Lake People G103P and G109P Headphone Amplifiers
Introducing Lake People
Don't feel bad if the name doesn't ring a bell, Lake People is not a high profile company compared to many of the big players on the market. They started in 1986 making gear for recording and television studios, and have been making headphone amps since 1989. Despite this pedigree, their focus on studio gear combined with their German origins kept them fairly obscure as far as the North American market is concerned.
That changed some when they launched the Violectric line a few years back. Violectric is focused on the audiophile market, and is very Head-Fi friendly with their compact enclosures. The line consists of several headphone amps, a DAC, and a phono stage. I use Violectric gear in my reference setup and quite enjoy it.
The actual Lake People branded models have always been very utilitarian in form and function---basic sturdy enclosures or rack-mount configurations, mostly XLR inputs, that sort of thing. But with the newly redone G-series of headphone amps, Lake People are now reaching out to the home user with attractive but low key black aluminum enclosures, choices of RCA or XLR inputs, and reasonable pricing. In this review I sampled the lowest and the highest priced models in the range to see how they stack up.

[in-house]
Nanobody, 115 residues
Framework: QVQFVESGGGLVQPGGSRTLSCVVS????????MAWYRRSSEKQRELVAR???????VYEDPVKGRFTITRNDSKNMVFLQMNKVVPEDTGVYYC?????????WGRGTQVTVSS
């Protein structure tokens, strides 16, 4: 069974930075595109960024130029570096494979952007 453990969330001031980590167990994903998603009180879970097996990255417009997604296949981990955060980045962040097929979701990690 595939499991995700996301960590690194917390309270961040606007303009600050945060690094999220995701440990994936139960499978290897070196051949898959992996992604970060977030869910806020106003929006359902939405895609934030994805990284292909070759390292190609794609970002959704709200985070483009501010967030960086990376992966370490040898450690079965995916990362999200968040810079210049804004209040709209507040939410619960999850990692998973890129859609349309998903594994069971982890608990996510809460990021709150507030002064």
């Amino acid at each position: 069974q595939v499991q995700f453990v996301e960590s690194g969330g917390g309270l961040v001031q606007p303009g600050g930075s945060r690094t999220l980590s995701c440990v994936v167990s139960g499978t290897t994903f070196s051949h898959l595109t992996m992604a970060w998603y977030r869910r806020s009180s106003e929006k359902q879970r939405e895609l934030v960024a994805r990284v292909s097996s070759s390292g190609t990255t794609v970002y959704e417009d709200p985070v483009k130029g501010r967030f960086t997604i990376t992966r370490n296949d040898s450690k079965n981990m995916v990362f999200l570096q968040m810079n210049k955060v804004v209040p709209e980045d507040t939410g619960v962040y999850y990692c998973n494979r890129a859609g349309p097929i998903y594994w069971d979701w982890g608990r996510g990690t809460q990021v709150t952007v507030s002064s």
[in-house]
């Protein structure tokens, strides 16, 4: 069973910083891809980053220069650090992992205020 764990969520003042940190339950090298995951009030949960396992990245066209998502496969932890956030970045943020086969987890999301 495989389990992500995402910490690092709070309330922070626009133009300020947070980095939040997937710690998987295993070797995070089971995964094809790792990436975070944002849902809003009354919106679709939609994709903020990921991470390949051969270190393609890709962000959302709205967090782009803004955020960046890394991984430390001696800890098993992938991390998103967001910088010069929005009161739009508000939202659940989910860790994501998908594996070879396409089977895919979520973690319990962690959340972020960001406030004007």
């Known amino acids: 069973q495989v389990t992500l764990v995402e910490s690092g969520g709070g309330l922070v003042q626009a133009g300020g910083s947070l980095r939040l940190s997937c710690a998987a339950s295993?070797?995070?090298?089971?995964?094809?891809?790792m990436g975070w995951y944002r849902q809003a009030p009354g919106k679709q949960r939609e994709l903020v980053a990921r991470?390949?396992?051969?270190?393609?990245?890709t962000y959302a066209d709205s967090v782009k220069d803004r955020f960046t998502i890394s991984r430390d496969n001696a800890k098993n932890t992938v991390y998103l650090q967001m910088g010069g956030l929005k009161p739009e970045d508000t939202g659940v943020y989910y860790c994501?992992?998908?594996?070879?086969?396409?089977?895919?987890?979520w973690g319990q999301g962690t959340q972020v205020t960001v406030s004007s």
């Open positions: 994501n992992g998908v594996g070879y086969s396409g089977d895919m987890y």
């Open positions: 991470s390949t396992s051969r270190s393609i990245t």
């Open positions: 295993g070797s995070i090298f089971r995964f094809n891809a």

Lake People Models
G-series models are available in Standard or Pro configuration. For the entry level G103 model, Standard means RCA inputs only, while Pro means XLR inputs. The unit is so small that I don't think they had room for both types. For the top range G109, the Pro adds XLR but keeps the RCA inputs. Pricing is a bit complicated - here's the list I was given, in Euros rather than US Dollars.
- G103S - 245 EUR
- G103P - 295 EUR
- G109S - 445 EUR
- G109P - 495 EUR
To an an extra wrinkle to the equation, those prices include 19% VAT, which would not apply to orders outside of that area. If we take away VAT and convert EUR to USD using the current exchange rate, the G103 and G109 come to approximately $250 and $450 respectively. Pro configuration adds roughly $50 to each price. These amps are so new that there isn't a North American distributor yet. Those duties will likely fall to the same distributor who currently handles the Violectric line. (UPDATE: the new North American Distributor for Violectric and Lake People gear is located HERE)